In addition to your GP, community health centres provide a range of health services for people of all ages, including young people. These include GPs and medical services, child health services, family planning, disability services, physiotherapy, and counselling and support services. For example, social workers or psychologists may provide counselling and social support for mental health, alcohol and other drug use, or gambling problems.

The cost of attending a community health centre varies depending on the care provided and your ability to pay. GP and nurse clinics at community health centres are often free for people with a Medicare Card. You may need to pay a small fee for other services, with discounts for Health care card holders.

You can also ask about the cost when you make your booking.

Aboriginal medical services

Aboriginal Community Controlled Health Services, also known as Aboriginal medical services, provide holistic and culturally appropriate primary health care and wellbeing services for young Aboriginal people within their local communities.

You can find the location of your nearest Aboriginal medical services here.

Mental health services for young people

There are a range of mental health services and programs for children, young people and their families who need mental health help and support in NSW. NSW Health Child and Youth/Adolescent Mental Health Services (CYMHS/CAMHS) and programs may be offered by your local health district and are sometimes delivered within the community or from hospital in inpatient settings depending on the level of care required.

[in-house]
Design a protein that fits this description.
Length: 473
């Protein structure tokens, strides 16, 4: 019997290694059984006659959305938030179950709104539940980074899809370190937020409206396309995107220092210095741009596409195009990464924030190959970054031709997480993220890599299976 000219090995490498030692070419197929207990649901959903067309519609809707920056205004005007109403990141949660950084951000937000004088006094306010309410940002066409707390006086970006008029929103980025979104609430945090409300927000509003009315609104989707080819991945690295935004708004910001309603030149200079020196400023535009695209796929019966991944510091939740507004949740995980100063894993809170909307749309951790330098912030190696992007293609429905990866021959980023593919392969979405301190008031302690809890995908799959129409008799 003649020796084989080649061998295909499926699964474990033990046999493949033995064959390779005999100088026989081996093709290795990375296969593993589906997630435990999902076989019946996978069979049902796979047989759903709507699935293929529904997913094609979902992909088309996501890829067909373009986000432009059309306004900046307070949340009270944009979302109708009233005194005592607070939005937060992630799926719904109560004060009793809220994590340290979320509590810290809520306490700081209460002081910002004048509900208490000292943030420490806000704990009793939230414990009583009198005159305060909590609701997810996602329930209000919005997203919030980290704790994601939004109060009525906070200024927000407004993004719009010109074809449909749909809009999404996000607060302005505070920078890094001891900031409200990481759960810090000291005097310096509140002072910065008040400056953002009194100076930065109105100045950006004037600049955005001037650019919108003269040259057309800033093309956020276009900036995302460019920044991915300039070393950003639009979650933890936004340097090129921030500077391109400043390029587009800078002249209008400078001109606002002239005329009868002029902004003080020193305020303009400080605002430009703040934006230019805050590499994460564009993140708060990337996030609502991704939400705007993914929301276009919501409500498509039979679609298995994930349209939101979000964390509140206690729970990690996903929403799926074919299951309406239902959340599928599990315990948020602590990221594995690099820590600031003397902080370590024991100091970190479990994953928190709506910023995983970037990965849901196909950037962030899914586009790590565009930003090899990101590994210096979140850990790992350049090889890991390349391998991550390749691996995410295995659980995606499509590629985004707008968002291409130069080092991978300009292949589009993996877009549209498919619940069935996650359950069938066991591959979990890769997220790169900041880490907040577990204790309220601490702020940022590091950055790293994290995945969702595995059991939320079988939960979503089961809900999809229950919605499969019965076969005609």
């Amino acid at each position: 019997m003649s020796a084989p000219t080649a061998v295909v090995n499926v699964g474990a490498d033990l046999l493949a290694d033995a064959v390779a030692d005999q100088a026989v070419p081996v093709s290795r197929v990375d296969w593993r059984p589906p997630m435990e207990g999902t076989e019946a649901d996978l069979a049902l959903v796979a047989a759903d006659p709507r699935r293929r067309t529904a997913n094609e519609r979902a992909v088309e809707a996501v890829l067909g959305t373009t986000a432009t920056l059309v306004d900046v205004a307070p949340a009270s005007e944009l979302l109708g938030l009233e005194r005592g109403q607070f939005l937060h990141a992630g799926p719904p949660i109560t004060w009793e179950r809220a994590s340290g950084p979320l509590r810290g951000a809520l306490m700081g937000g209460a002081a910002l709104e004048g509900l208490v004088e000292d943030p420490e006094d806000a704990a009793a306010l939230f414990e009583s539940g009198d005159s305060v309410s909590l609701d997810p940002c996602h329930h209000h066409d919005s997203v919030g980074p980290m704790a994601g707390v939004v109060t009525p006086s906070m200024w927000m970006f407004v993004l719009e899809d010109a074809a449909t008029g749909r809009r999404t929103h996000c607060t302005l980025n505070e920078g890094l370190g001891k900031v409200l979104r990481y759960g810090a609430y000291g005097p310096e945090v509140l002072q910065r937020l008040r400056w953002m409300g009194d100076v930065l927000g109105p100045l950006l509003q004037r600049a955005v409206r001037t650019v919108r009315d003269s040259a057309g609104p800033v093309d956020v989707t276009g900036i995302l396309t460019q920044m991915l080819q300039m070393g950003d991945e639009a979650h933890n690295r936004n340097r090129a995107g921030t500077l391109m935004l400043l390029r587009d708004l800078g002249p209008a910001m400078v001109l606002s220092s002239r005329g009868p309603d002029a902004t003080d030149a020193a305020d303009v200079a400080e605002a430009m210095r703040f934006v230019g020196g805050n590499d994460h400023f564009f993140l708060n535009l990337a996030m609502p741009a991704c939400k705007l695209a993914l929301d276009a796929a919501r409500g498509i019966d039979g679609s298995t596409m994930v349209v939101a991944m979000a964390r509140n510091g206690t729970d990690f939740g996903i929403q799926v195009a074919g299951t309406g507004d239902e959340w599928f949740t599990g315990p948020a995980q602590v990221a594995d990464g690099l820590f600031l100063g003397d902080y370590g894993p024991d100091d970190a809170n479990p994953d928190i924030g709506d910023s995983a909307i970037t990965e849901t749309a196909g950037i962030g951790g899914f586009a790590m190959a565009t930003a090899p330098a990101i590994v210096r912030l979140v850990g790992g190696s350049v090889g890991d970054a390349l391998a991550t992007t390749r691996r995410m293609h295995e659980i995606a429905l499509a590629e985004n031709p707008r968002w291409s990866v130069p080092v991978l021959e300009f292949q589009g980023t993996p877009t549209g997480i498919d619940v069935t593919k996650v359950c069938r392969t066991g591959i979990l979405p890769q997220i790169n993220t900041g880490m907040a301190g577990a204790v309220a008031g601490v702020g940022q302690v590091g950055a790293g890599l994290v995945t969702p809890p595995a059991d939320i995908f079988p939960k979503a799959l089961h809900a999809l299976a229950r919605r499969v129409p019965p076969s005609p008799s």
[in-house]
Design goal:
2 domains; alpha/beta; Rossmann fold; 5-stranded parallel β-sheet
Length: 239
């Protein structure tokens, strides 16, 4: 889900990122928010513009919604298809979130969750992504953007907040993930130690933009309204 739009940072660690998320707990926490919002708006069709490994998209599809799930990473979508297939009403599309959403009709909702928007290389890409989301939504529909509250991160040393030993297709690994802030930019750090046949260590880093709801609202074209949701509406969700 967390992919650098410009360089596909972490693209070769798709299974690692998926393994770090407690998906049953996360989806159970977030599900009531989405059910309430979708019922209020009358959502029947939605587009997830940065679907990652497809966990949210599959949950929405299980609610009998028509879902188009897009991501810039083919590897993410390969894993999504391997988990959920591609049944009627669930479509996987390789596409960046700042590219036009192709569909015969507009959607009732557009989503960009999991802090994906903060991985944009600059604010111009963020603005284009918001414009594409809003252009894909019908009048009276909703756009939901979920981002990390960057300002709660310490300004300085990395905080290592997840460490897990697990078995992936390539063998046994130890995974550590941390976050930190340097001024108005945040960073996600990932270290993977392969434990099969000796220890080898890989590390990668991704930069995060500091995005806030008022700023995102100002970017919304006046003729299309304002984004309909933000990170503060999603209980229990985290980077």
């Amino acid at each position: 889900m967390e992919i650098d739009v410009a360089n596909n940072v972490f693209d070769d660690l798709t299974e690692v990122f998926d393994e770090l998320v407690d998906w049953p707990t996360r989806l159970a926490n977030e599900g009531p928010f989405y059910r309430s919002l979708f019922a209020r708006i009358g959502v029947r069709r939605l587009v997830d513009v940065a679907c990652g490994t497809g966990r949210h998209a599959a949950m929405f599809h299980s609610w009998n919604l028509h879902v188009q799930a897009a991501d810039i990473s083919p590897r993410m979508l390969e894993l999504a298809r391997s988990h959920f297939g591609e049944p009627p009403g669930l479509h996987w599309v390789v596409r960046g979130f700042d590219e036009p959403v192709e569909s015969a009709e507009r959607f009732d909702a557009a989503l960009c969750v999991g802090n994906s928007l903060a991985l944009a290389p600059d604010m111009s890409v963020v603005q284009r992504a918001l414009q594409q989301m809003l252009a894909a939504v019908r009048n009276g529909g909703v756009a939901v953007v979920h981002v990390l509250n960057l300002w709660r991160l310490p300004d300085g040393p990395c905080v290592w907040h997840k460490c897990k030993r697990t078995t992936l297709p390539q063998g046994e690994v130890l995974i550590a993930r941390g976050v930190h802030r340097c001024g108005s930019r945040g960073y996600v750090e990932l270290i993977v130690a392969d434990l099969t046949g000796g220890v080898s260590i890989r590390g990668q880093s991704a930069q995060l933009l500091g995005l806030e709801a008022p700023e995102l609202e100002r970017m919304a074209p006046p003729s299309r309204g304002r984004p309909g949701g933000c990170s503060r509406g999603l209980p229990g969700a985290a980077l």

If you need to access CYMHS/CAMHS services and programs, you can contact your doctor (GP) for advice. Alternatively, you can contact the NSW Mental Health Line 1800 011 511 for advice, assessment and referral, 24-hours a day 7 days a week. Trained, professional staff will assess your situation and refer you to the most appropriate service according to your needs. You can make a referral yourself, or your parents or caregivers, your GP, a health professional or your school can also make a referral.

There are a range of other mental health services and support services available to suit your needs, many of which are also available online.


headspace provides youth friendly services to help young people aged 12 to 25 years with general health, mental health and counselling, education, employment and other services such as alcohol and other drug services.

Sexual health services

There are many options for sexual health services in NSW, for example at any GP, sexual health clinic etc. If you are unsure, you can ring the Sexual Health Info Link (phone 1800 451 624) or write to Nurse Nettie or check out the Play Safe for more information and referral to the sexual health service that suits you.